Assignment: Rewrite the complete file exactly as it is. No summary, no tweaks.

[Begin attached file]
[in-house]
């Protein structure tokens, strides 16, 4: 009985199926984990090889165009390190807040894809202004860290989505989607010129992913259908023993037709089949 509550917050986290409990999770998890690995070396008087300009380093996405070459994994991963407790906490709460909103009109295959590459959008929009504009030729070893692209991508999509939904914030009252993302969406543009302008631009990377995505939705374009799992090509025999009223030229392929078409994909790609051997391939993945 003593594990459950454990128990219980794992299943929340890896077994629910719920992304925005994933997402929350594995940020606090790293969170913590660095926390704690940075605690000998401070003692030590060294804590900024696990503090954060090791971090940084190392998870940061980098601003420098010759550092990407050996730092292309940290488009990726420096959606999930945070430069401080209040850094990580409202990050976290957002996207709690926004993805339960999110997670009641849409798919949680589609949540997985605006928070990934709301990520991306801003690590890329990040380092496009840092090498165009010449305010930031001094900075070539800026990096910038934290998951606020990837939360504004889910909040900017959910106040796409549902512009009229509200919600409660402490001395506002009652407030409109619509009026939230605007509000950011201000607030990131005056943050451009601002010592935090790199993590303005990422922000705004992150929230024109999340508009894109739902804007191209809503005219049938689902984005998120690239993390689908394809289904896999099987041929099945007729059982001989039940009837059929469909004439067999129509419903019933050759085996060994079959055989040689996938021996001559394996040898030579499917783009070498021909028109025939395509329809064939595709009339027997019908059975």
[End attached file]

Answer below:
[in-house]
């Protein structure tokens, strides 16, 4: 009985199926984990090889165009390190807040894809202004860290989505989607010129992913259908023993037709089949 509550917050986290409990999770998890690995070396008087300009380093996405070459994994991963407790906490709460909103009109295959590459959008929009504009030729070893692209991508999509939904914030009252993302969406543009302008631009990377995505939705374009799992090509025999009223030229392929078409994909790609051997391939993945 003593594990459950454990128990219980794992299943929340890896077994629910719920992304925005994933997402929350594995940020606090790293969170913590660095926390704690940075605690000998401070003692030590060294804590900024696990503090954060090791971090940084190392998870940061980098601003420098010759550092990407050996730092292309940290488009990726420096959606999930945070430069401080209040850094990580409202990050976290957002996207709690926004993805339960999110997670009641849409798919949680589609949540997985605006928070990934709301990520991306801003690590890329990040380092496009840092090498165009010449305010930031001094900075070539800026990096910038934290998951606020990837939360504004889910909040900017959910106040796409549902512009009229509200919600409660402490001395506002009652407030409109619509009026939230605007509000950011201000607030990131005056943050451009601002010592935090790199993590303005990422922000705004992150929230024109999340508009894109739902804007191209809503005219049938689902984005998120690239993390689908394809289904896999099987041929099945007729059982001989039940009837059929469909004439067999129509419903019933050759085996060994079959055989040689996938021996001559394996040898030579499917783009070498021909028109025939395509329809064939595709009339027997019908059975």